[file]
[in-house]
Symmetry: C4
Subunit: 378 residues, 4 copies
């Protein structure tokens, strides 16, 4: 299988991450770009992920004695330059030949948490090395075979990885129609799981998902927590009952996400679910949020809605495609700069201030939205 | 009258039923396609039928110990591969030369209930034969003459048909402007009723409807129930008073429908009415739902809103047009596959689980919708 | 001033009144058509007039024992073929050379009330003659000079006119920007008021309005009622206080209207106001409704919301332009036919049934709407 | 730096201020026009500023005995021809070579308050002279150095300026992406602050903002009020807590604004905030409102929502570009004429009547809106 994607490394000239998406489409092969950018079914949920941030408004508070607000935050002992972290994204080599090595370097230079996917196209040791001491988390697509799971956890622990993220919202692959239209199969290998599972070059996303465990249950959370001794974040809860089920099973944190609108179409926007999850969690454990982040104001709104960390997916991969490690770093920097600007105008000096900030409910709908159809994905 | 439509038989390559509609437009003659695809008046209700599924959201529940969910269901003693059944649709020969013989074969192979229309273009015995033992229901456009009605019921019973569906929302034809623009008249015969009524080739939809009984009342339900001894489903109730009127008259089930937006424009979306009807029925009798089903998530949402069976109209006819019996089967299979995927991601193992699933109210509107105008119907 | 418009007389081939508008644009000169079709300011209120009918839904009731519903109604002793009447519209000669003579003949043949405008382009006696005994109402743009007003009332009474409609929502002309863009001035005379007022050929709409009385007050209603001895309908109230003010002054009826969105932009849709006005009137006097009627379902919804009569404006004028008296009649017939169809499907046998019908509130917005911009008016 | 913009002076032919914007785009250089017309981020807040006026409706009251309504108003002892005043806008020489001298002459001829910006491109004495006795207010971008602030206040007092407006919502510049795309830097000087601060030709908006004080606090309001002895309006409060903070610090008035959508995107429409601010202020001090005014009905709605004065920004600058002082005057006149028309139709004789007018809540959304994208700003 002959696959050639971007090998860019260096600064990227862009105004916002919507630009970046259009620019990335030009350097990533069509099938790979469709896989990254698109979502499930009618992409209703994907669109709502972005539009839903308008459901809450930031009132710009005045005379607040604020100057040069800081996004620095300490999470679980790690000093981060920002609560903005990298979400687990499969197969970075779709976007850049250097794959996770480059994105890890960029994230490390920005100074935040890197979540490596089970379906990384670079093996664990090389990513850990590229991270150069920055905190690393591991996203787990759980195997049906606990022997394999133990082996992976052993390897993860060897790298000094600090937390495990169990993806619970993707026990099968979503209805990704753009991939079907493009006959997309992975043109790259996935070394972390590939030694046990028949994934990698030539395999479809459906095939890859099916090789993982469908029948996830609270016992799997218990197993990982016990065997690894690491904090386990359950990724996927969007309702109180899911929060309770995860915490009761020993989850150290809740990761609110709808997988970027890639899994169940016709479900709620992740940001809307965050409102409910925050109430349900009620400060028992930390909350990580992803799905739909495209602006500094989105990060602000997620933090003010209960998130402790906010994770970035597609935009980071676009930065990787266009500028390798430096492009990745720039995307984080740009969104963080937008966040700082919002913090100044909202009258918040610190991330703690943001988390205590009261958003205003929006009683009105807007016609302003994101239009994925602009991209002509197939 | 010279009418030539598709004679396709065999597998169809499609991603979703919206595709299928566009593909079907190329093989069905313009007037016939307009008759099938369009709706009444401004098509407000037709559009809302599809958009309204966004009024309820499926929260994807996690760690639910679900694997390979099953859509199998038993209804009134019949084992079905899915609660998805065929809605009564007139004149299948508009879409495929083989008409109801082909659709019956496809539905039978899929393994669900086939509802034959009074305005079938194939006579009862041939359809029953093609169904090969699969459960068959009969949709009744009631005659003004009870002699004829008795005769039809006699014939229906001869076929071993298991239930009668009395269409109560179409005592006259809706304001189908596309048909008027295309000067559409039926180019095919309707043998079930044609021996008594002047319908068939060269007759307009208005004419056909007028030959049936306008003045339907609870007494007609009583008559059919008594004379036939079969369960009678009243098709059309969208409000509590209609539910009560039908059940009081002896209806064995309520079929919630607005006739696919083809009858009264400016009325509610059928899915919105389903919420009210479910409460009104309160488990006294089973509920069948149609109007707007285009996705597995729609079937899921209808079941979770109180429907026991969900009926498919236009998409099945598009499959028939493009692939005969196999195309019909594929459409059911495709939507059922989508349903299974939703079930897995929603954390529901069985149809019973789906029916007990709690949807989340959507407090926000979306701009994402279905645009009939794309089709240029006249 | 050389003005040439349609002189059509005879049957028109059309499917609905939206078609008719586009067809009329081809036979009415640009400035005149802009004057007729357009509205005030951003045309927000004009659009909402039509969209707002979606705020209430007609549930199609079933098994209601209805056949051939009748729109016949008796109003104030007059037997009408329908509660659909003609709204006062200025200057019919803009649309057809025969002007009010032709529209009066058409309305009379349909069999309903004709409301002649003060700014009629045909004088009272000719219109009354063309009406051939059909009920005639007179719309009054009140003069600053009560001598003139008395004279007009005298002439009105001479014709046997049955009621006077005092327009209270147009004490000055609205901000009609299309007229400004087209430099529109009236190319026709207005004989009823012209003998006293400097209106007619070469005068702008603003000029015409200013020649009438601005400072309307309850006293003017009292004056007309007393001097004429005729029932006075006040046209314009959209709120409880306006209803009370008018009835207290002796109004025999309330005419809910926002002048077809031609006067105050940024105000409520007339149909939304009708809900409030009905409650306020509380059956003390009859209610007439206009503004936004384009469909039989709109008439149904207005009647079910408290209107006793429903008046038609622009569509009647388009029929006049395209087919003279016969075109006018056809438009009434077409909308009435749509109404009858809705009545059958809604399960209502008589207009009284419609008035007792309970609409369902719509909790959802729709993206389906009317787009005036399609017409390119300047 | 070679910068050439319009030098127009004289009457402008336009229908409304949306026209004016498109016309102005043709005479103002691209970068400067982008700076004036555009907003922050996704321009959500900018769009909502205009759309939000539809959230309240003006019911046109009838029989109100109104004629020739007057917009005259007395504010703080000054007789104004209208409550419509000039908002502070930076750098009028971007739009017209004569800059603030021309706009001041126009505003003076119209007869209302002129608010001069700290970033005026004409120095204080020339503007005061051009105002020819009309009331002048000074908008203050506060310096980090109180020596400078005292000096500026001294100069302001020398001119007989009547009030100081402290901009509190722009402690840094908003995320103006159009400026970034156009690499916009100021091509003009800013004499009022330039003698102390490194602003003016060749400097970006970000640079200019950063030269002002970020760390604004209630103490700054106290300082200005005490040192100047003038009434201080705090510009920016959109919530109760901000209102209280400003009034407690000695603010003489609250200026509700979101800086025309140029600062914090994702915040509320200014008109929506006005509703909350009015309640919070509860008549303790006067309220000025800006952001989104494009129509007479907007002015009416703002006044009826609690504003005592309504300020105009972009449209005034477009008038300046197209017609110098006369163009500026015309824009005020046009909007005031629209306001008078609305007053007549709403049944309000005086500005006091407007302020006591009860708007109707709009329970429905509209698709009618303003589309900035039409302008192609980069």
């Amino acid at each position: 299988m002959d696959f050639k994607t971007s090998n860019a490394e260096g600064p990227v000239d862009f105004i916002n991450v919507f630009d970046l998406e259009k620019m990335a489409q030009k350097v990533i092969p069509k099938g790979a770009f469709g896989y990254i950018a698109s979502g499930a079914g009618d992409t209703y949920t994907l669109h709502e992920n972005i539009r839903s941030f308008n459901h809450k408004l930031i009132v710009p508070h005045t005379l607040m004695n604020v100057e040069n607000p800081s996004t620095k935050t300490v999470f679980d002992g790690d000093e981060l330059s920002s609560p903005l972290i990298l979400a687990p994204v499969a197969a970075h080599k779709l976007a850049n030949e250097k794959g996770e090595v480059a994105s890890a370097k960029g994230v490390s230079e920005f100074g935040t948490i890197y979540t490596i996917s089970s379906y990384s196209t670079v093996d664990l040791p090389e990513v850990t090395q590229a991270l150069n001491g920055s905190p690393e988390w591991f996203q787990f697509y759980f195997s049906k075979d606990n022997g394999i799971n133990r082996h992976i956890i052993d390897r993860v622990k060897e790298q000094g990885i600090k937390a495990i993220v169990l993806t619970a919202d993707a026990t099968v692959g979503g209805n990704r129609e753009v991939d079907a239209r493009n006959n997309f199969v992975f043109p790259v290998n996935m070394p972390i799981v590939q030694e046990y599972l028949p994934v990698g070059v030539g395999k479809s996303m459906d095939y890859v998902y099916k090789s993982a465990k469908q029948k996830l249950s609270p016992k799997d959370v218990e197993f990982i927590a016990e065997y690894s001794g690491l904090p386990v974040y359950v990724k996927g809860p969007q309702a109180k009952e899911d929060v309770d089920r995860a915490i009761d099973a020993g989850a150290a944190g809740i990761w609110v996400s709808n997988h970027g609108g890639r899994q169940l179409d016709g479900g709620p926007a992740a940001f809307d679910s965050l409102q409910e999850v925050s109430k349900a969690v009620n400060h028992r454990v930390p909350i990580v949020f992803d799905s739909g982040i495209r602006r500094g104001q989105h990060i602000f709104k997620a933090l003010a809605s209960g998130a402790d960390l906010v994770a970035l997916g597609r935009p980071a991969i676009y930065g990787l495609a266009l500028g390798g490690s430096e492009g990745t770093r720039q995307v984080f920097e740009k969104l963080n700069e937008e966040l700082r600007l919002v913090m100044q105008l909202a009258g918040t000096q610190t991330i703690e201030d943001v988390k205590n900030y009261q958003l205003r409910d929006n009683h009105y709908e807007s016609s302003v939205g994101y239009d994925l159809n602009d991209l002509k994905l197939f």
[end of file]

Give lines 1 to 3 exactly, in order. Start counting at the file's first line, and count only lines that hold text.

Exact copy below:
[in-house]
Symmetry: C4
Subunit: 378 residues, 4 copies